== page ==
Ukrainian lawyer and former Clinic intern, Vitaliy Kosovych ‘24 LL.M., brought this matter to Desierto’s attention at the Notre Dame Law School Global Human Rights Clinic last fall since it involved priests from his hometown parish.

Desierto and Vitaliy
Professor Diane Desierto and Vitaliy Kosovych ‘24 LL.M. are pictured together before the Law School’s 154th Diploma and Hooding Ceremony.

Kosovych stated, “In November 2023, the media shared a heartbreaking reminder that two priests from my home parish in Lviv had been unlawfully detained by the Russian occupants for a year already. Back then, there was no information about their health, safety, location, or future. Yet, with a sincere belief in returning them home, I decided to refer this case to the Notre Dame Law School Global Human Rights Clinic under the inspiring leadership of Professor Desierto and leverage my skills as a lawyer to make this dream a reality.”

Desierto said, “Vitaliy’s commitment to fight for his home, even if he was on the other side of the world taking our International Human Rights Law LL.M. program, was a deep inspiration for me to take this case on.”

Reflecting on the successful outcome of this case, Desierto added, “This case is a stark and poignant example of how our Human Rights LL.M. students bring the world to Notre Dame, and how they can collaborate with Clinic friends and colleagues in the J.D. and J.S.D. programs of the Law School as well as select undergraduate interns of the Clinic, to do quiet and effective problem-solving towards the human rights outcome.”

For Kosovych, the news about the release of Fr. Ivan and Fr. Bohdan “has become a memorable moment of great relief, unbelievable happiness, genuine gratefulness to God, and infinite inspiration to continuously advocate for other numerous victims of human rights violations and make this world a better place for future generations.”

In early June 2024, Kosovych was appointed to a 12-month legal internship by The Permanent Observer Mission of the Holy See to the United Nations Office and Specialised Agencies in Geneva, working with them on international human rights diplomacy.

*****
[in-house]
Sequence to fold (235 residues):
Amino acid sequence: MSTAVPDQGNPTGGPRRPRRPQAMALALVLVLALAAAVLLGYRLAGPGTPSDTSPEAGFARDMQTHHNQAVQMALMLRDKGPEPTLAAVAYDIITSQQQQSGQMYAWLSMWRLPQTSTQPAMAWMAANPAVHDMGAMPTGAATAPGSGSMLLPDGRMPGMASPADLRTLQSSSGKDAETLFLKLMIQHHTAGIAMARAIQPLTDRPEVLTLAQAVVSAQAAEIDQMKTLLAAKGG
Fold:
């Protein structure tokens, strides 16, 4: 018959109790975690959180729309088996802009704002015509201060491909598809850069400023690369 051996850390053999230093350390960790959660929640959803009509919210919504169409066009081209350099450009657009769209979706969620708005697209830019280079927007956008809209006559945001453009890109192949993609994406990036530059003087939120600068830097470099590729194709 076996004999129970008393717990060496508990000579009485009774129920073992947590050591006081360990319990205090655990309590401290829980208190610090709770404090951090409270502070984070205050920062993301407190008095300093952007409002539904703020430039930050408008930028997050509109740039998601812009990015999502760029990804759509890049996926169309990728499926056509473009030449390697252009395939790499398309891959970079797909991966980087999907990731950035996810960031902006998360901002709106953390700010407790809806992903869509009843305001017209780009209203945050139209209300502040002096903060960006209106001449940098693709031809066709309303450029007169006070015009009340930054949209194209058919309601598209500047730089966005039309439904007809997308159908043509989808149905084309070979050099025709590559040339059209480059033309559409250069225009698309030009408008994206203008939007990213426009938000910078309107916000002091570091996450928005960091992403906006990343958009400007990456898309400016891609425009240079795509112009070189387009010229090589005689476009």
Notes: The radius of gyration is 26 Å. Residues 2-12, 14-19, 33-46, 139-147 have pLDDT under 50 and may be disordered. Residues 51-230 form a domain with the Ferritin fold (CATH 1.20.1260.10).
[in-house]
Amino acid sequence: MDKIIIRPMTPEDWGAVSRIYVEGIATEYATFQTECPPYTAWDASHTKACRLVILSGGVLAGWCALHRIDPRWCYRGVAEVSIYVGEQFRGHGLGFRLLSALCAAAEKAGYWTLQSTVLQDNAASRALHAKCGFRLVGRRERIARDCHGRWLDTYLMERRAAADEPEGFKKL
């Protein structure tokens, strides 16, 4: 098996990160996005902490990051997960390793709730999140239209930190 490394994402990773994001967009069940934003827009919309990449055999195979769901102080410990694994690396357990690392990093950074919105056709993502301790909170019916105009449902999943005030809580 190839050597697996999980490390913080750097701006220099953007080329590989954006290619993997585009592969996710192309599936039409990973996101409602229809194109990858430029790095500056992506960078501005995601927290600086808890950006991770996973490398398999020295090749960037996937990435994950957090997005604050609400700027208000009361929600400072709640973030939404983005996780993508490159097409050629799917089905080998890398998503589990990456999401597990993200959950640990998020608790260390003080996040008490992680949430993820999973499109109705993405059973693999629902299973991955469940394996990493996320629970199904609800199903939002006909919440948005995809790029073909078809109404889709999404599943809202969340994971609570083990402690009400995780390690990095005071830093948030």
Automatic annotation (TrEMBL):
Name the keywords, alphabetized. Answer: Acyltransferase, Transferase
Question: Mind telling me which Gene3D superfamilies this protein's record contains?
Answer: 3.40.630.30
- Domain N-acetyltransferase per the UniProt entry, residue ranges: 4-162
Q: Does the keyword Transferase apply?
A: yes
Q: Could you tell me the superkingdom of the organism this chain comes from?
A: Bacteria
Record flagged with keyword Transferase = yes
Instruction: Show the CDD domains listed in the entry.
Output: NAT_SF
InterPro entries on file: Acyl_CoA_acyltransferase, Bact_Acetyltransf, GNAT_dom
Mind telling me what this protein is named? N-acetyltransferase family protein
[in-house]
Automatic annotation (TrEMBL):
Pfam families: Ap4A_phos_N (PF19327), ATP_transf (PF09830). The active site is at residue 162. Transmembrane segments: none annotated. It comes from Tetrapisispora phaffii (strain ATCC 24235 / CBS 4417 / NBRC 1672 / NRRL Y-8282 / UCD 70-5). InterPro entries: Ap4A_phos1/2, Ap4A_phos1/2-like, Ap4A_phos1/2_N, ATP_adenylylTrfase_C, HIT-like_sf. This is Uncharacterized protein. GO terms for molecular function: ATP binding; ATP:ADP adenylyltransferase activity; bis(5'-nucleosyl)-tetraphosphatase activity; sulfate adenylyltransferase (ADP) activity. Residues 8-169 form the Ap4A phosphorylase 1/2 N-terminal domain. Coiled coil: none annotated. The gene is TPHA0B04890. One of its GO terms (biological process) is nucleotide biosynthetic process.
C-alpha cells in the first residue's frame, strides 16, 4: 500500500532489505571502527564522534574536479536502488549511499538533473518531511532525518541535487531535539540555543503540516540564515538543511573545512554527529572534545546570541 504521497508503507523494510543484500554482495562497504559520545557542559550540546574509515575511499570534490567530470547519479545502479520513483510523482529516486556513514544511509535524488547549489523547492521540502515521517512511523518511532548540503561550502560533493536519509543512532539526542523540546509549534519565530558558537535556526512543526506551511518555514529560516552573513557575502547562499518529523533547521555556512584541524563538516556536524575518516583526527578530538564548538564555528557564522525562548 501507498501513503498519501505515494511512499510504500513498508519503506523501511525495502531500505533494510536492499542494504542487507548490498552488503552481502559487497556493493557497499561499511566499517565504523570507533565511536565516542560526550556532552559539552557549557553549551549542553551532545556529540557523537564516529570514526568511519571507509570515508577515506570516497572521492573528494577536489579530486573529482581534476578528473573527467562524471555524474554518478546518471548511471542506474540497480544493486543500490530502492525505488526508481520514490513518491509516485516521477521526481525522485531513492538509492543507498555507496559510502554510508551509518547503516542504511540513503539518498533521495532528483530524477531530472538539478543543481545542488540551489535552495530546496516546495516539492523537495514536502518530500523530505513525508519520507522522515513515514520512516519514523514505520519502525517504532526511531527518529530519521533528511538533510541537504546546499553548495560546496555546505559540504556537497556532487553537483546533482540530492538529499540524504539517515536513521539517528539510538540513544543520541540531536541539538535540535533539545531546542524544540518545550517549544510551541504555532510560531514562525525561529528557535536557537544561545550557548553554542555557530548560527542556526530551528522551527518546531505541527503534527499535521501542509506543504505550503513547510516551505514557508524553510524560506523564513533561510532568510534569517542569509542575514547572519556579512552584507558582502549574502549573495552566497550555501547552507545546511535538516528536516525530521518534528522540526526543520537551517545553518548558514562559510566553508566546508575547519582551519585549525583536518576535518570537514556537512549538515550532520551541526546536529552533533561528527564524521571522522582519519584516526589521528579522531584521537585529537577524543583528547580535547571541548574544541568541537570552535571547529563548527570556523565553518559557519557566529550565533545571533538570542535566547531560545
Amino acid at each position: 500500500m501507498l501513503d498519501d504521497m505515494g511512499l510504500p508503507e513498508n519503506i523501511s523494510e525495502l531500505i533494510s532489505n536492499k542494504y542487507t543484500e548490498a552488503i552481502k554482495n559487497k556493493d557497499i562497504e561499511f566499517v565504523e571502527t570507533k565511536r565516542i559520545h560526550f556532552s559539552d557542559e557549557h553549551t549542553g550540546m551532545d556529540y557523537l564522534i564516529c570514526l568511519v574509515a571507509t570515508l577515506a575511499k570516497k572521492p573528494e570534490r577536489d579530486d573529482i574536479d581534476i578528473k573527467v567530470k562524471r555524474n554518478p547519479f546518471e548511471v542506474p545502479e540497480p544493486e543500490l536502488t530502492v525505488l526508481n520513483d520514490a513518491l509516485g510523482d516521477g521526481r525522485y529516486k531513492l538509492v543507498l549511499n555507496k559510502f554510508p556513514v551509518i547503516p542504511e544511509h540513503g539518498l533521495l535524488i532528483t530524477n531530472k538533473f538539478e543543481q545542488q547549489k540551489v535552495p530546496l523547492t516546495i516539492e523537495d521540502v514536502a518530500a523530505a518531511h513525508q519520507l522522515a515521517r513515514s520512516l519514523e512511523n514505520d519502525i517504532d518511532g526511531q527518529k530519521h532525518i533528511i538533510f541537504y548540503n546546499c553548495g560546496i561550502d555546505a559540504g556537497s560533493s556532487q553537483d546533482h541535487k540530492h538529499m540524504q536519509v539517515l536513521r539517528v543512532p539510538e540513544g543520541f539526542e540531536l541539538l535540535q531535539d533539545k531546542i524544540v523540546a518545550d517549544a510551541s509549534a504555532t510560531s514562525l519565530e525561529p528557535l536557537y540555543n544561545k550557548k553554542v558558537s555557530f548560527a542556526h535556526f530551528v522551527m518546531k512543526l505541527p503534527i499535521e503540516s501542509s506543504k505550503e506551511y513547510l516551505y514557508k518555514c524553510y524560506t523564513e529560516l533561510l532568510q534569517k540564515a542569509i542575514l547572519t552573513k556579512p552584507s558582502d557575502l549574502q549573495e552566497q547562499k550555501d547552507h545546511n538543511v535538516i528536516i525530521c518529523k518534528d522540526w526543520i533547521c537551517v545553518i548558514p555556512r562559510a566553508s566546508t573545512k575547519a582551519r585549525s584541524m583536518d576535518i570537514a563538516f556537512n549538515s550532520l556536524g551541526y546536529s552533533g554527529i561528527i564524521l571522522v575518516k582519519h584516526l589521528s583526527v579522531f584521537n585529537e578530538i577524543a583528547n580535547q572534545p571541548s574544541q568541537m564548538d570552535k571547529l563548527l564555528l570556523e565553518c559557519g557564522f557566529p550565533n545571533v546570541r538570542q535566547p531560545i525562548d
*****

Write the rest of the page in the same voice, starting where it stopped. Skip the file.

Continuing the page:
Clinic legal fellow Josemaría Rodríguez Conca and Clinic doctoral intern Nicolás E. Buitrago Rey meet with Monsignor Riyyan Mendoza at the Permanent Mission of the Holy See in June 2024 in Geneva, discussing the Ukraine case and other pending cases.

Desierto stated, “We define our success — both as a Global Human Rights Clinic and an LL.M. Program in International Human Rights Law — in how we teach our students to truly see the human first before seeking to defend rights, so that we know how to focus on reaching that desired human rights outcome, in a way that deepens our students’ own growing expertise as human rights lawyers from their respective countries.”

She expressed that she is proud of how diligently the Clinic students and lawyers worked to understand the humanity of Fr. Geleta and Fr. Levytskyi as well as all those involved. The Clinic learned how to appropriately protect and defend their rights in this case, prioritizing confidentiality, professionalism, and the priests’ safe release from captivity from Russian Federation forces.

“Vitaliy’s admirable initiative to galvanize and advocate for his home — bringing the rest of us with him in true community at Notre Dame — is an inspiring first victory for our work at the Global Human Rights Clinic and our pedagogy of how we teach international law and human rights law at our program. We truly educate a different kind of human rights lawyer here,” said Desierto.

Learn more about the Notre Dame Law School Global Human Rights Clinic at